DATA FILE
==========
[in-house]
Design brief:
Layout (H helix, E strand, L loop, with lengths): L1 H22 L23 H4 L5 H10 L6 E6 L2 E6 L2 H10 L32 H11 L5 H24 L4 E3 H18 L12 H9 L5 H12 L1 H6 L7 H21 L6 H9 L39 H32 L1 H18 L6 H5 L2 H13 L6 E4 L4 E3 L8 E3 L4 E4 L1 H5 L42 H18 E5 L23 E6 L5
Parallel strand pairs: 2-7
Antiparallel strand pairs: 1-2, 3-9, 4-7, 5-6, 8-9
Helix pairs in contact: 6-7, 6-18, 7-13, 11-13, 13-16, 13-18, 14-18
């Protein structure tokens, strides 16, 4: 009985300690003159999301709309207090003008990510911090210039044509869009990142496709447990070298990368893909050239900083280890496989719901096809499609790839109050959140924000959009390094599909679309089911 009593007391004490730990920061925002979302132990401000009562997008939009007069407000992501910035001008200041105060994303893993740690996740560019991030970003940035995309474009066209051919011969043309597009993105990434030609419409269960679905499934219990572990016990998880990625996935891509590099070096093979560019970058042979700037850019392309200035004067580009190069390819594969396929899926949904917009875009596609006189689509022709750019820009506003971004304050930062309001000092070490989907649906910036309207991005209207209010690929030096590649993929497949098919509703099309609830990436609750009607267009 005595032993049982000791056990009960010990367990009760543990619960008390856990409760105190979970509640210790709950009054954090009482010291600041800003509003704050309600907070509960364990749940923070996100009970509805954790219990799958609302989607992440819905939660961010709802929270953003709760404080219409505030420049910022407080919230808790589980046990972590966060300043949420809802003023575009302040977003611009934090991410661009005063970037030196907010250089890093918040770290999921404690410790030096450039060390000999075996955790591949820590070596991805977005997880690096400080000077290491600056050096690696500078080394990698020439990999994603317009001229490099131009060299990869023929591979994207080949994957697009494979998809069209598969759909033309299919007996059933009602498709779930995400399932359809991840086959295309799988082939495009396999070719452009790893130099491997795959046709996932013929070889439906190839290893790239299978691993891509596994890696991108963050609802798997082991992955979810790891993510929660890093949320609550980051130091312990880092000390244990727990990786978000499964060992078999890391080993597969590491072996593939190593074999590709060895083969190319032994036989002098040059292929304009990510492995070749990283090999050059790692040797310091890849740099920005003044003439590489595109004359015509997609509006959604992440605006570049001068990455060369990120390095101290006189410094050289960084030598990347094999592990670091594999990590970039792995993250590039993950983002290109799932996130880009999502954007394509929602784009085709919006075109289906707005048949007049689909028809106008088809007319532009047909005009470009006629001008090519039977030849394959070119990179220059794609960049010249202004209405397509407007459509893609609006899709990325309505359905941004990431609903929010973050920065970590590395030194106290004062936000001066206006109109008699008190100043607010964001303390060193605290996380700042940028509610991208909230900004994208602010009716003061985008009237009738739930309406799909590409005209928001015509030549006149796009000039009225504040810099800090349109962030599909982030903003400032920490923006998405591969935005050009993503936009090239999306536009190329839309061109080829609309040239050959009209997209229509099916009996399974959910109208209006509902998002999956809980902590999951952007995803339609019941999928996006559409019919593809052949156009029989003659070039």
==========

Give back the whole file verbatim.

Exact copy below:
[in-house]
Design brief:
Layout (H helix, E strand, L loop, with lengths): L1 H22 L23 H4 L5 H10 L6 E6 L2 E6 L2 H10 L32 H11 L5 H24 L4 E3 H18 L12 H9 L5 H12 L1 H6 L7 H21 L6 H9 L39 H32 L1 H18 L6 H5 L2 H13 L6 E4 L4 E3 L8 E3 L4 E4 L1 H5 L42 H18 E5 L23 E6 L5
Parallel strand pairs: 2-7
Antiparallel strand pairs: 1-2, 3-9, 4-7, 5-6, 8-9
Helix pairs in contact: 6-7, 6-18, 7-13, 11-13, 13-16, 13-18, 14-18
């Protein structure tokens, strides 16, 4: 009985300690003159999301709309207090003008990510911090210039044509869009990142496709447990070298990368893909050239900083280890496989719901096809499609790839109050959140924000959009390094599909679309089911 009593007391004490730990920061925002979302132990401000009562997008939009007069407000992501910035001008200041105060994303893993740690996740560019991030970003940035995309474009066209051919011969043309597009993105990434030609419409269960679905499934219990572990016990998880990625996935891509590099070096093979560019970058042979700037850019392309200035004067580009190069390819594969396929899926949904917009875009596609006189689509022709750019820009506003971004304050930062309001000092070490989907649906910036309207991005209207209010690929030096590649993929497949098919509703099309609830990436609750009607267009 005595032993049982000791056990009960010990367990009760543990619960008390856990409760105190979970509640210790709950009054954090009482010291600041800003509003704050309600907070509960364990749940923070996100009970509805954790219990799958609302989607992440819905939660961010709802929270953003709760404080219409505030420049910022407080919230808790589980046990972590966060300043949420809802003023575009302040977003611009934090991410661009005063970037030196907010250089890093918040770290999921404690410790030096450039060390000999075996955790591949820590070596991805977005997880690096400080000077290491600056050096690696500078080394990698020439990999994603317009001229490099131009060299990869023929591979994207080949994957697009494979998809069209598969759909033309299919007996059933009602498709779930995400399932359809991840086959295309799988082939495009396999070719452009790893130099491997795959046709996932013929070889439906190839290893790239299978691993891509596994890696991108963050609802798997082991992955979810790891993510929660890093949320609550980051130091312990880092000390244990727990990786978000499964060992078999890391080993597969590491072996593939190593074999590709060895083969190319032994036989002098040059292929304009990510492995070749990283090999050059790692040797310091890849740099920005003044003439590489595109004359015509997609509006959604992440605006570049001068990455060369990120390095101290006189410094050289960084030598990347094999592990670091594999990590970039792995993250590039993950983002290109799932996130880009999502954007394509929602784009085709919006075109289906707005048949007049689909028809106008088809007319532009047909005009470009006629001008090519039977030849394959070119990179220059794609960049010249202004209405397509407007459509893609609006899709990325309505359905941004990431609903929010973050920065970590590395030194106290004062936000001066206006109109008699008190100043607010964001303390060193605290996380700042940028509610991208909230900004994208602010009716003061985008009237009738739930309406799909590409005209928001015509030549006149796009000039009225504040810099800090349109962030599909982030903003400032920490923006998405591969935005050009993503936009090239999306536009190329839309061109080829609309040239050959009209997209229509099916009996399974959910109208209006509902998002999956809980902590999951952007995803339609019941999928996006559409019919593809052949156009029989003659070039």